that the Geneva Accord provides cover precisely for such a ratification. This
has implications not only for how Palestinians are treated, but for a series of
ethnic and racial divisions within the Israeli polity that must be fought and
reversed.

On the other hand, the resistance to the prospect of peace is heightened by


those Zionists who believe that only through maintaining its military
dominance and brutality will Israel survive. This is clearly circular reasoning,

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which does not see that the militarization of the state can only and always
lead to further militarization. Nonetheless, I am shocked when I come across
the military sentiment in its raw form as I was recently, when I received the
following email from a Zionist list in the U.S. In a recent missive from an
organization called Israel Live!, one of its organizers responded to the
question of whether the Presidential candidate, Howard Dean, was good for
the Jews. She wrote to her constituency that they should not fear voting for
Dean, since he was clearly in favor of “extra-judicial killings.” I stared at the
phrase. “Extra-judicial killings.” This was an appeal to the U.S. Jewish
community to feel relieved, to celebrate, to resolve on a positive vote because
this man is said to approve of the daily killings of Palestinian peoples outside
the scope of any recognizable law. These are views that can never lead to
peace, and yet, those who hold them, understand themselves as righteous, as
fighting anti-semitism, as defending the Jewish people, as acting in the name
of survival. But are they doing any of these things?

There are other messages I receive, however, and they are problematic for
other reasons. I am part of a listserve, academics for justice, which is the
strongest internet community of academics I know of that opposes the
Israeli occupation of Palestinian lands. This listserve has done a very good
job in mobilizing an academic boycott against Israeli universities, in
undermining support for Campus Watch, a neo-McCarthyite anti-Arab group
that has sought to restrict how Middle East politics is taught in U.S.
universities. This group has also rightly come to the defense of various
academics of Arab descent who have become targets of censorship or subject
to immigration harassment. It has also, very effectively, come to the defense
of Hanan Ashrawi to speak on U.S. college campuses against those who
would villify her for her extraordinary work on Palestinian human rights.
Nevertheless, on that same listserve, and in defense of the academic boycott,
I read the spurious claim that there are no Israeli academics, except perhaps
two, listed there, who have openly voiced opposition to the Israeli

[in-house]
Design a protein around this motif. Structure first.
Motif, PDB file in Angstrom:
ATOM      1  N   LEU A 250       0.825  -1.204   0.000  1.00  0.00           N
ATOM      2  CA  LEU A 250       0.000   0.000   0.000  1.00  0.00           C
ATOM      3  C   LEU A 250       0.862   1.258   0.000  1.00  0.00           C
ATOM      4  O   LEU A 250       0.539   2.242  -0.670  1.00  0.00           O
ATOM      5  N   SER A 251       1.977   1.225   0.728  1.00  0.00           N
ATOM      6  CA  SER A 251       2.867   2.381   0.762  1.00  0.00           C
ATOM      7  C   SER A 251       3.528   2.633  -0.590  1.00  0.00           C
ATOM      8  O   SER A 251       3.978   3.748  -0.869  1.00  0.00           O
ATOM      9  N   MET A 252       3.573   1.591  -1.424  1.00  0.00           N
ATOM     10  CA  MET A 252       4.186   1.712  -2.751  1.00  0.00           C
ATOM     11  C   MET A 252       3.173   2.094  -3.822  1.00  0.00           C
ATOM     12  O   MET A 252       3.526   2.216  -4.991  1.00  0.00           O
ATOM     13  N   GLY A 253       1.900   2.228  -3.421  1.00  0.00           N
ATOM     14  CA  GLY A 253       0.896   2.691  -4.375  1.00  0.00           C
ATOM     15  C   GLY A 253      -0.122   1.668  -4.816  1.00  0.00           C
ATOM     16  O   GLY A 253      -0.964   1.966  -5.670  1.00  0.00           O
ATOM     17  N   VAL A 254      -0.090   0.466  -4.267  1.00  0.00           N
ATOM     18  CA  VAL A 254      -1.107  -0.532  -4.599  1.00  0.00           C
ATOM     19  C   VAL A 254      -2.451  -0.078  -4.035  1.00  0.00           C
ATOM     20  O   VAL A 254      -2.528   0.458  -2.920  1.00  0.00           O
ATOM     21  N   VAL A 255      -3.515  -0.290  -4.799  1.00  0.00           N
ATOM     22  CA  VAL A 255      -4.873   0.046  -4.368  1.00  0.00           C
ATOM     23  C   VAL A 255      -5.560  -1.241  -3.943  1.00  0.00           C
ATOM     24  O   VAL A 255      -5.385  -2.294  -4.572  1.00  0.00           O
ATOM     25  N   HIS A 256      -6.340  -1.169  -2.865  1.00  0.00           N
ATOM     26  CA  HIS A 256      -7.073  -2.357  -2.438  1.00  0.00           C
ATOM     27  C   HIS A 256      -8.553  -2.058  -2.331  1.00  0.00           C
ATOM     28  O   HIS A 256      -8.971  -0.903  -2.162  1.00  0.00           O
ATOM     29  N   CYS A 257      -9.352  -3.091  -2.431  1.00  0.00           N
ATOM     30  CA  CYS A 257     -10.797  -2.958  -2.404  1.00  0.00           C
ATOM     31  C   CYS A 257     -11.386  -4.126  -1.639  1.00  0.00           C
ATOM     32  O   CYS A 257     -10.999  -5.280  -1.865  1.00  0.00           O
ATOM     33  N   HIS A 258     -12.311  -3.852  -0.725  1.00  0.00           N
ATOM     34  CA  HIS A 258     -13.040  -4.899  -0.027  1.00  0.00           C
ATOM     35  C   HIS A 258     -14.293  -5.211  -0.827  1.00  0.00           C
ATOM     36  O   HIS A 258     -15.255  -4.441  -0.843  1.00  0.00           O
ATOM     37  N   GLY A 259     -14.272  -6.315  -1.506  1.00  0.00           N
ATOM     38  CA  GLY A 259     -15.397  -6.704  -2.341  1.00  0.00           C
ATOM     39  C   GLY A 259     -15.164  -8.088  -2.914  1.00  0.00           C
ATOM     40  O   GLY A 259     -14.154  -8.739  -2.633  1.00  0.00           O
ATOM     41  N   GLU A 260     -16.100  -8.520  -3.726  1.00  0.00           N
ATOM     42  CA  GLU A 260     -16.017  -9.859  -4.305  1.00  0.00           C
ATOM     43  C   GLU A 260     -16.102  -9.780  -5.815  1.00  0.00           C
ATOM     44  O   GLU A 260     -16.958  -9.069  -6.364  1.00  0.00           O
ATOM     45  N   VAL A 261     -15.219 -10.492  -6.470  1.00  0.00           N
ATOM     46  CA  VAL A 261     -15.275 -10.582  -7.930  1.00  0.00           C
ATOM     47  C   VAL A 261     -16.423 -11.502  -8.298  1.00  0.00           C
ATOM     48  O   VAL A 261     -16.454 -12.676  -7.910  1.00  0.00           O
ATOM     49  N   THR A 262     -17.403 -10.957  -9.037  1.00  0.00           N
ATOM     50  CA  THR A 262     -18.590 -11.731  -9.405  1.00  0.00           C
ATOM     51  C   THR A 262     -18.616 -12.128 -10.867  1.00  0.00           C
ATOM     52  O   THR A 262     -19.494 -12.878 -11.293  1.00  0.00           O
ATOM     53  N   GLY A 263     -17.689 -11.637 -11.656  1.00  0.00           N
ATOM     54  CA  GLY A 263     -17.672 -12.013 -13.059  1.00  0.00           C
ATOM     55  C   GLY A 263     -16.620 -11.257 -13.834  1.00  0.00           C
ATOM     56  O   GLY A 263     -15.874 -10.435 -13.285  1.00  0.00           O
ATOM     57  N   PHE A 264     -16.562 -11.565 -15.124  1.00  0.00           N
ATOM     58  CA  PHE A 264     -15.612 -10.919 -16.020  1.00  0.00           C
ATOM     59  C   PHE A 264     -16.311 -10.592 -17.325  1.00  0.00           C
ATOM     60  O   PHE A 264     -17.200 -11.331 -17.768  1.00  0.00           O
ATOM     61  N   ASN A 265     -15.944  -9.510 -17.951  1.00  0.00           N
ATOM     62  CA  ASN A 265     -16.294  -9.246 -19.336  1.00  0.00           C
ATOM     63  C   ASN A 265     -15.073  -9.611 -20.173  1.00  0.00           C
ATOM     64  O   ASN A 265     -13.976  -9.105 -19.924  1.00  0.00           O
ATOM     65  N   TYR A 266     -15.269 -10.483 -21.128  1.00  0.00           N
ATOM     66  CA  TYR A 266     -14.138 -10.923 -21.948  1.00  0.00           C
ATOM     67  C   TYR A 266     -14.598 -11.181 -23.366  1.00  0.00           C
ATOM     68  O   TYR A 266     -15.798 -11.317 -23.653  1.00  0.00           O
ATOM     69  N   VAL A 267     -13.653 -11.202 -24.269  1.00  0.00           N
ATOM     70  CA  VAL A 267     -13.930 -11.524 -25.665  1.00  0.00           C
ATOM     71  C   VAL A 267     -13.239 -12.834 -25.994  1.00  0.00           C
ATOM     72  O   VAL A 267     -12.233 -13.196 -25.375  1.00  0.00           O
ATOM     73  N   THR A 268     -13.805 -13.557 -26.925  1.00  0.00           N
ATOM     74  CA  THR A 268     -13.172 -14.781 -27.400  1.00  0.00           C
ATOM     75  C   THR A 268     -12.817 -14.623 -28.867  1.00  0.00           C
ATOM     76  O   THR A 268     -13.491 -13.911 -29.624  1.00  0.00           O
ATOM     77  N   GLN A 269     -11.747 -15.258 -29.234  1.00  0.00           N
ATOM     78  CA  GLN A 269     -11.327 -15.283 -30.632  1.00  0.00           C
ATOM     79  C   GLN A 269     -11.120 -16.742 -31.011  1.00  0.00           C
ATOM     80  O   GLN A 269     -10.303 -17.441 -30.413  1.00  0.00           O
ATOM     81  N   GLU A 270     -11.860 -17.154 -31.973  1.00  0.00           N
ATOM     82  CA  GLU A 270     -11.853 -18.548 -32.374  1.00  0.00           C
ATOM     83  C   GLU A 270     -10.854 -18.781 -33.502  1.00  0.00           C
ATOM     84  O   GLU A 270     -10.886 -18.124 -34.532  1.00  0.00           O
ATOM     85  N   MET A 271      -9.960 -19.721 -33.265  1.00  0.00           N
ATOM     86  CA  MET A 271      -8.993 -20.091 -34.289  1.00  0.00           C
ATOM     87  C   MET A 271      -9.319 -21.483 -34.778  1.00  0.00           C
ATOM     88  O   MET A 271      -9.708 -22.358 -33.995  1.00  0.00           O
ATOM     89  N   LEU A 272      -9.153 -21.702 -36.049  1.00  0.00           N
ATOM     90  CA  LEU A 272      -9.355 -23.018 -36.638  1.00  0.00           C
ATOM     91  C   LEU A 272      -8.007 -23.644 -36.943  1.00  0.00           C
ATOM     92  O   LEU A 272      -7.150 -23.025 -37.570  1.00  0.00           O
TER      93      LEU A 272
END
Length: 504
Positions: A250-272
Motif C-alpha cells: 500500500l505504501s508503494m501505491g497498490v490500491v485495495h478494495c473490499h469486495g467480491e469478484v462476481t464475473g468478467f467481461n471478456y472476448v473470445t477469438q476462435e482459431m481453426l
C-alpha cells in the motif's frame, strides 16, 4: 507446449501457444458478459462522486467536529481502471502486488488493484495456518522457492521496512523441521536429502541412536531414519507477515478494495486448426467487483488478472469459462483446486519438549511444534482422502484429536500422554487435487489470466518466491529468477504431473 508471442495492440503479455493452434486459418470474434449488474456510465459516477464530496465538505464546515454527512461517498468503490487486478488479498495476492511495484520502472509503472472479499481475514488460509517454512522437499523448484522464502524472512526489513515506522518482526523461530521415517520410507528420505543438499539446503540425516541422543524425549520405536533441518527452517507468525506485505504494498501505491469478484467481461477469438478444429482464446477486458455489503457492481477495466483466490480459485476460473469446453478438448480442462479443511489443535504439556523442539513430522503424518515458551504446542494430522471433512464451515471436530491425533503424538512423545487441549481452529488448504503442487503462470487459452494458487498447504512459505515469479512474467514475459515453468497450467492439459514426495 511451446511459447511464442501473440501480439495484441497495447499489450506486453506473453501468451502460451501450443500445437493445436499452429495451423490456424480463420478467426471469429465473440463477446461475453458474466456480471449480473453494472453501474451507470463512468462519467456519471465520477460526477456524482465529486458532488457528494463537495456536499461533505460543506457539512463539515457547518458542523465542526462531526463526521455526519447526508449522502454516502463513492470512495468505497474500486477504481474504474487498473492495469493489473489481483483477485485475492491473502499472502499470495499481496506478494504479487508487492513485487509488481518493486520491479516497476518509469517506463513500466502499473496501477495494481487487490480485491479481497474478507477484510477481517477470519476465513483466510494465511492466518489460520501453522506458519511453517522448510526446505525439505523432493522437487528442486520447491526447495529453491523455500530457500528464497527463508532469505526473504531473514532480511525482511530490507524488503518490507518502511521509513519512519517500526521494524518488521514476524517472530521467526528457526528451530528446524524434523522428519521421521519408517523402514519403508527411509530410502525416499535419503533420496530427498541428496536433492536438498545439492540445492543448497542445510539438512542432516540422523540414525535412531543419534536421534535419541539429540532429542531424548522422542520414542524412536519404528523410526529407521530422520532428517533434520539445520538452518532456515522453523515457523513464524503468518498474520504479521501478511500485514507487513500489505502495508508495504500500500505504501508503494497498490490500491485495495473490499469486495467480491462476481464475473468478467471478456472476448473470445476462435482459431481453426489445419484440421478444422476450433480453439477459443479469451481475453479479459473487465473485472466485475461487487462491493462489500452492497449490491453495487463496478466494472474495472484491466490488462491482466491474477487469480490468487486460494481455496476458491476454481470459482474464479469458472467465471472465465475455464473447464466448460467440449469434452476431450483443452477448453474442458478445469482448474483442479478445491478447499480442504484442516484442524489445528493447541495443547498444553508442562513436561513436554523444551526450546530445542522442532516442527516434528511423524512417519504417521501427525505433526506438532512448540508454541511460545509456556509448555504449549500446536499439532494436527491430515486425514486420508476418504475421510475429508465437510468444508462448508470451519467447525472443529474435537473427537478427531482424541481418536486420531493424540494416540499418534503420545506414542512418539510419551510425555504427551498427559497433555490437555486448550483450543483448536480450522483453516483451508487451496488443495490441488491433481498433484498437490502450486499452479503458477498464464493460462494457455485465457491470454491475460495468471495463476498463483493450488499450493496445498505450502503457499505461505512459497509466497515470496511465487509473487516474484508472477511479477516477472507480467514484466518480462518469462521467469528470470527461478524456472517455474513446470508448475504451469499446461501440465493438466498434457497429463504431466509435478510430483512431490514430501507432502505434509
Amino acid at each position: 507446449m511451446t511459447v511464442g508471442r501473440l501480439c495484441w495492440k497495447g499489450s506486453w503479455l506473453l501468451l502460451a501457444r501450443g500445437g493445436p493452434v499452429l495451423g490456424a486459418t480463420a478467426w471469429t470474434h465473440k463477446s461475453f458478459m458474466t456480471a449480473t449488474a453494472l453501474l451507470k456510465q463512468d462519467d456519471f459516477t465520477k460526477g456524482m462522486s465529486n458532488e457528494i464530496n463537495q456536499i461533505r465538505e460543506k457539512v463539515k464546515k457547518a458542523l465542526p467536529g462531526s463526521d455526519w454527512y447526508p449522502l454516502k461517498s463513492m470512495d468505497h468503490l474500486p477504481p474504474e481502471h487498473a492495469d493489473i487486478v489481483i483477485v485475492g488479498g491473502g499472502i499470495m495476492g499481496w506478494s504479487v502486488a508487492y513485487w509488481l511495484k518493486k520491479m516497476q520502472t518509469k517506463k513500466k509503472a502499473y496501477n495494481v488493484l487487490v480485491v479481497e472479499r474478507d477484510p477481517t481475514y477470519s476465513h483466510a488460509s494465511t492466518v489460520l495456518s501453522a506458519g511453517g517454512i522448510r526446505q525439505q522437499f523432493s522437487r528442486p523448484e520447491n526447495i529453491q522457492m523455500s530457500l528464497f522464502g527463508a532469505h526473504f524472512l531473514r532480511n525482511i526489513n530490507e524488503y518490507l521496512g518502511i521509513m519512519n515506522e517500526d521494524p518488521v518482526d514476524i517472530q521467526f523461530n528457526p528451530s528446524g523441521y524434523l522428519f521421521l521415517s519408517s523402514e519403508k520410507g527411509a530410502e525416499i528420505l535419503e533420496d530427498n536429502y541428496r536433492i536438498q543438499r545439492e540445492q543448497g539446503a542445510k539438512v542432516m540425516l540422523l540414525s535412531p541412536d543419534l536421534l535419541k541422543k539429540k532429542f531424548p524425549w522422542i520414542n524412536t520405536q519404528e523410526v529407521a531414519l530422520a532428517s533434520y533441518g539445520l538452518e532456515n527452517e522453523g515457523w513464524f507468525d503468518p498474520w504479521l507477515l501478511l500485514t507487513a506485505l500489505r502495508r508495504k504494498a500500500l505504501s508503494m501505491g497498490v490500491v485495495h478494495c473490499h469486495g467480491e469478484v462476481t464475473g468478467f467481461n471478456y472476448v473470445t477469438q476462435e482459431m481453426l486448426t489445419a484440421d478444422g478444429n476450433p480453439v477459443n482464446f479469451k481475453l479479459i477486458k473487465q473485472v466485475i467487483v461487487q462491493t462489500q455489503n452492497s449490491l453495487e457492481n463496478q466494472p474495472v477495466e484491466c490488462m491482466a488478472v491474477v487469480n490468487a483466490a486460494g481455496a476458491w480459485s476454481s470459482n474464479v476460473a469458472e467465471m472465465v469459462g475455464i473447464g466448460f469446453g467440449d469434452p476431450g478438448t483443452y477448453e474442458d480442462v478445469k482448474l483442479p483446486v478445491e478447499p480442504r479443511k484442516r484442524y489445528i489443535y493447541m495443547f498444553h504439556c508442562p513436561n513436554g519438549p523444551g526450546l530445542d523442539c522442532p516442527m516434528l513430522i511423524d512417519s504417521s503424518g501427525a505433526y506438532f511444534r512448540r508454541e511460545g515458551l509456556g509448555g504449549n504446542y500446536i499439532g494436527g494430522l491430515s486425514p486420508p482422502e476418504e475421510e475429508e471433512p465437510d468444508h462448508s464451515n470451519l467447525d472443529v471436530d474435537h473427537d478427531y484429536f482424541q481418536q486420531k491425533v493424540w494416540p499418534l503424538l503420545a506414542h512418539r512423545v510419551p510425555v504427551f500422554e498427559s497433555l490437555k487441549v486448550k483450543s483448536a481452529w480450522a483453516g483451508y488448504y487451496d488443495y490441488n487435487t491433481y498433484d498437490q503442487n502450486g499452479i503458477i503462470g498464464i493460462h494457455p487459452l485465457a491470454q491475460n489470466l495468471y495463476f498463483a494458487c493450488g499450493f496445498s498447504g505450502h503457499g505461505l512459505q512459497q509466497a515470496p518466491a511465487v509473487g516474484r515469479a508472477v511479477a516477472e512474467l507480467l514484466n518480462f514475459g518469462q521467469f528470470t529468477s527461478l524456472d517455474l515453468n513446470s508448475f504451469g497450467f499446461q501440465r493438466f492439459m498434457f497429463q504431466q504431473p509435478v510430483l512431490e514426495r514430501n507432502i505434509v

occupation. This claim is clearly false, and yet there it is, circulating, part of
the rationale for the boycott. One has to bear the wrath of some if one
speaks out against the falsity of this claim, and yet it must be done. How can
it be that there is, among these very important political organizers, no
understanding of the culture and politics of dissent within Israel?

There is, in my mind, here work to be done to try and make clear what the
Israeli opposition is, as well as what the Palestinian alliances are who seek a

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non-violent resolution to the conflict. To have strong media representation


of both, and to establish links between them, will constitute one of the most
effective coalitional means I can imagine for the purposes of ending the
occupation and pursuing all the related questions of social justice. I am
hoping that this is one of the tasks that we can undertake here. It will
strengthen the U.S. opposition to current Israeli policy, since so many U.S.
progressives believe that it would put them in a bind to oppose Israel, not
knowing that there is an internal criticism, a host of dissenters, those whose
views and whose activism are not, and will not be, adequately represented in
the mainstream media. Similarly, the brave and important statement that
Palestinian intellectuals published last year opposing the suicide bombings,
this was treated with skepticism by The New York Times, and not given the
kind of attention it clearly deserved. Why is it that time and again one must
fight the conception that all Palestinians support violent measures? It is an
indignity to have to defend Palestinians, who suffer violence
disproportionately, from this charge. And yet, it must be done to counter the
public perception, the media construction, that all Palestinian aspirations are
reducible to violence. But what can be heard, and what can be registered?
Does the mainstream media foreground the articulate and fair and reflective
voice of Hanan Ashrawi, or circulate the important editorials of Moustapha
Barghouti, who describes in detail the daily plight of the Palestinians? The
cynical obituary of Edward Said in The New York Times was yet another
example of this effort to demean one of the most important voices for social
justice of our time.

Coalitions are not easy or happy places. They are places one stays when one
has the impulse to leave. They are forms of work that are, by definition,
difficult, since one has to have one’s position and allow it to be decentered
by what one hears. One must persist in what one knows to be right, and yet
know also when to yield, when to do something for the sake of continuing to
work together, to preserve the relations at hand. I think that Buber had a
point in believing that one had to work at living together, working together
in de-institutionalized ways, and that such alliances could provide the
foundation and the model for collaborative associations seeking non-violent
and just solutions to conflicts that appear intractable. This would mean living
to the side of one’s nationalism, of one’s identification, allowing for a
decentering of a nationalist ethos. The question of establishing and tending